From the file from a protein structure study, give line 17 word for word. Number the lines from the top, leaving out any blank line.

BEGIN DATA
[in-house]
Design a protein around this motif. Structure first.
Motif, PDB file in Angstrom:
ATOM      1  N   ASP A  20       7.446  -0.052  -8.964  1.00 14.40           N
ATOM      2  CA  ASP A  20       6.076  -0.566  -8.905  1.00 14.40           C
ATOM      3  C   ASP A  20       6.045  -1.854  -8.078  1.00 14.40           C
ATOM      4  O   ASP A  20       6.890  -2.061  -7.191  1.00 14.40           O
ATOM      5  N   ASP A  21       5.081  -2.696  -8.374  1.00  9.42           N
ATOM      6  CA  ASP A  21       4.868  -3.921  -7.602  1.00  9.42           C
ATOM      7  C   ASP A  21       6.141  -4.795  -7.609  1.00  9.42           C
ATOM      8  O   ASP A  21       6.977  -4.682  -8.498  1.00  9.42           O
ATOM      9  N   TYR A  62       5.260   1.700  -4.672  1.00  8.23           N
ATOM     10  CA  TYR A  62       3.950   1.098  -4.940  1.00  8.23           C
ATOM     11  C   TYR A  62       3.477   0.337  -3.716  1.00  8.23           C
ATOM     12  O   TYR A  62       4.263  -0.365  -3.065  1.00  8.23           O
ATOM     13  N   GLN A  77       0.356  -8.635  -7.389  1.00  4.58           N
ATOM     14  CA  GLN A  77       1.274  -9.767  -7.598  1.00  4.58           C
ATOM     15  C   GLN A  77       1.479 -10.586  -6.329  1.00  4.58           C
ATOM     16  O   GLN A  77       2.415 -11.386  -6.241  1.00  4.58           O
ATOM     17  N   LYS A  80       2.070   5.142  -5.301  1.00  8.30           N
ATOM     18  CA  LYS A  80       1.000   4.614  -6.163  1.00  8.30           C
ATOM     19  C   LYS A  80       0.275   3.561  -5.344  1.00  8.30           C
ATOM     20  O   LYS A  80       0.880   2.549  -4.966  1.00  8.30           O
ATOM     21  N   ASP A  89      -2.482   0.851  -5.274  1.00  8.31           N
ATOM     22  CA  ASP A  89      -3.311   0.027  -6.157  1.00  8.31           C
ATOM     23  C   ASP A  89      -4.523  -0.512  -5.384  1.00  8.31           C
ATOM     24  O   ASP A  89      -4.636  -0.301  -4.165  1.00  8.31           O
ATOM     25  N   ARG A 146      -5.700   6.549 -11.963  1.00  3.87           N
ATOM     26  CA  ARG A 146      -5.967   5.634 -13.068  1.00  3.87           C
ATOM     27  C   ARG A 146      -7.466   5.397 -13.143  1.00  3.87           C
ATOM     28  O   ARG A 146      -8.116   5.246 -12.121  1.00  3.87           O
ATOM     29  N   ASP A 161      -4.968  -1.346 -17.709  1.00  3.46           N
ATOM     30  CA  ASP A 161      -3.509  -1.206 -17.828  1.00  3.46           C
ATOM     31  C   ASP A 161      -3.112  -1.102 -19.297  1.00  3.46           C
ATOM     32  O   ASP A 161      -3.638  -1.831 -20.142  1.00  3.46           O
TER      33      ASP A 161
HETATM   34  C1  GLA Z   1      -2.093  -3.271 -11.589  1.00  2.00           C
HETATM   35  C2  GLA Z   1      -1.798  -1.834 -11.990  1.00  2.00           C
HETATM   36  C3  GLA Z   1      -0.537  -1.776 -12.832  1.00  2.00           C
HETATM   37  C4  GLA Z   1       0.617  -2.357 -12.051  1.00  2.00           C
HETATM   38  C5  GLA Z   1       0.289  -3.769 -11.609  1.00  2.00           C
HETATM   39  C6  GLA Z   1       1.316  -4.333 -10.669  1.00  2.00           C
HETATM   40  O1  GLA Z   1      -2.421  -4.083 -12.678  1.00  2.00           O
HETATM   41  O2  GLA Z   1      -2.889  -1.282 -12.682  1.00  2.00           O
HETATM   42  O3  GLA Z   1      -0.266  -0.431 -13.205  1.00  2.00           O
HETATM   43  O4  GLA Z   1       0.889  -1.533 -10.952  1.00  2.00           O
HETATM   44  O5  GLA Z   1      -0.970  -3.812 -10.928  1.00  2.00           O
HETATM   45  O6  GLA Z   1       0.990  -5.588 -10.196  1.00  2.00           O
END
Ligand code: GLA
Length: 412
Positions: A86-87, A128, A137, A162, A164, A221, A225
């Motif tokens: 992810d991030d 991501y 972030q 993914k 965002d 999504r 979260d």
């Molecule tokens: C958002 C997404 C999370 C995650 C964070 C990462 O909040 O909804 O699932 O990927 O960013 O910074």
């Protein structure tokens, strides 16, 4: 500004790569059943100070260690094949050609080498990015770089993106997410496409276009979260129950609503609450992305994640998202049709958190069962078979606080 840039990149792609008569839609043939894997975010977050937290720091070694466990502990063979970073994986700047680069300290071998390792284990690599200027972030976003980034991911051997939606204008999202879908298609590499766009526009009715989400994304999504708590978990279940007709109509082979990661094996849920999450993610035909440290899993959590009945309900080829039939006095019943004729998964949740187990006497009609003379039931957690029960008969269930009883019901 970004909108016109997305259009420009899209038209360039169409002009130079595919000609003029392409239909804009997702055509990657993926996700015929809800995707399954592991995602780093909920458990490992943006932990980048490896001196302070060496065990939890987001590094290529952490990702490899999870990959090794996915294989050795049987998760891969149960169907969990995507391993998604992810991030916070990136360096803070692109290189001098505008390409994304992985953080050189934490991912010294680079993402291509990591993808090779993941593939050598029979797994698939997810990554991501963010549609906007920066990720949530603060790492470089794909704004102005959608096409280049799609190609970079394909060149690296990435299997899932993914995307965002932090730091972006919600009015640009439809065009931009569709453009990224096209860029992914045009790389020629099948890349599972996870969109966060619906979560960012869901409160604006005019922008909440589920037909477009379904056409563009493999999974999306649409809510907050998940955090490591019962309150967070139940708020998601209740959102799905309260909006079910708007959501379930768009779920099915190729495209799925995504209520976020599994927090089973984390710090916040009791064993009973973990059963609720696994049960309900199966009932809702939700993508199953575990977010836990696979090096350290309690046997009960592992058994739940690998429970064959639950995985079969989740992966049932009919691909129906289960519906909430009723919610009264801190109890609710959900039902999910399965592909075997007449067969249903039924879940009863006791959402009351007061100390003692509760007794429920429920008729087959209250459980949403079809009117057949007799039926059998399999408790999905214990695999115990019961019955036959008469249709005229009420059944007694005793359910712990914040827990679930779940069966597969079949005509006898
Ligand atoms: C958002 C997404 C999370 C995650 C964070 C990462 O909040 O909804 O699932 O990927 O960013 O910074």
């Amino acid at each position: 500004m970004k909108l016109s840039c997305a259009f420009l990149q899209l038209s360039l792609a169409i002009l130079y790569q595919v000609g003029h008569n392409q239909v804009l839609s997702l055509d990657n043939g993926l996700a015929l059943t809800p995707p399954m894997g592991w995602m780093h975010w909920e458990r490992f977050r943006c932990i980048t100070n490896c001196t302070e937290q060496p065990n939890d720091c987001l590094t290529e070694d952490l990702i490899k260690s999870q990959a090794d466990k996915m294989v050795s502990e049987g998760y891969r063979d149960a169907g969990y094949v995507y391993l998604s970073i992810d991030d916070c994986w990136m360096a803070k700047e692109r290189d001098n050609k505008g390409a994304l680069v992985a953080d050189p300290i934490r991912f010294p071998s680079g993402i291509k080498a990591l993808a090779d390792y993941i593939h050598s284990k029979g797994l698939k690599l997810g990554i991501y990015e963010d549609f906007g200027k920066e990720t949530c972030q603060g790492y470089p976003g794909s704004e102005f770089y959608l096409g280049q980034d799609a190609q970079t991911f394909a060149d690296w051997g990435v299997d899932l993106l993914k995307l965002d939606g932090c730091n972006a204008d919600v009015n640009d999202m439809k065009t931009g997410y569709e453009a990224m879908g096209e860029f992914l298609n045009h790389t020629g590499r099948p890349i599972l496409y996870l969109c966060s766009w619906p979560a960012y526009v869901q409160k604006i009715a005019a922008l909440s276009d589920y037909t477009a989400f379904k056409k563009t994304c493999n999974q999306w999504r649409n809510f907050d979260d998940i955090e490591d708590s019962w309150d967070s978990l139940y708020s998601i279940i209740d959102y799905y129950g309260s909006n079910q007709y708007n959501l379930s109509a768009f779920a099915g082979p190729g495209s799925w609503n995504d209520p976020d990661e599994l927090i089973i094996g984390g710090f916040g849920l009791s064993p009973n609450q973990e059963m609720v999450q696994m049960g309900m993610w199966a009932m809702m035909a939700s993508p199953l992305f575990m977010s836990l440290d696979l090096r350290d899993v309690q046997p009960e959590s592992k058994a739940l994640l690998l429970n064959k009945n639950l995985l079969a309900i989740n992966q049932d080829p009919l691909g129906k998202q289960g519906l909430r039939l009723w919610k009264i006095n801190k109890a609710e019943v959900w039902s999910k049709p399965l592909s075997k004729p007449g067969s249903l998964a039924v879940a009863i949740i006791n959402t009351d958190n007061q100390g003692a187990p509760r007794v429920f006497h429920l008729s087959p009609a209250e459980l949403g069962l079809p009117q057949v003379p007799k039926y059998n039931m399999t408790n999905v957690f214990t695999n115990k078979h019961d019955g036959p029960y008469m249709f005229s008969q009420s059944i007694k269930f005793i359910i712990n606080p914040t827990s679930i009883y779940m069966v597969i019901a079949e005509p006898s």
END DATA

ATOM     14  CA  GLN A  77       1.274  -9.767  -7.598  1.00  4.58           C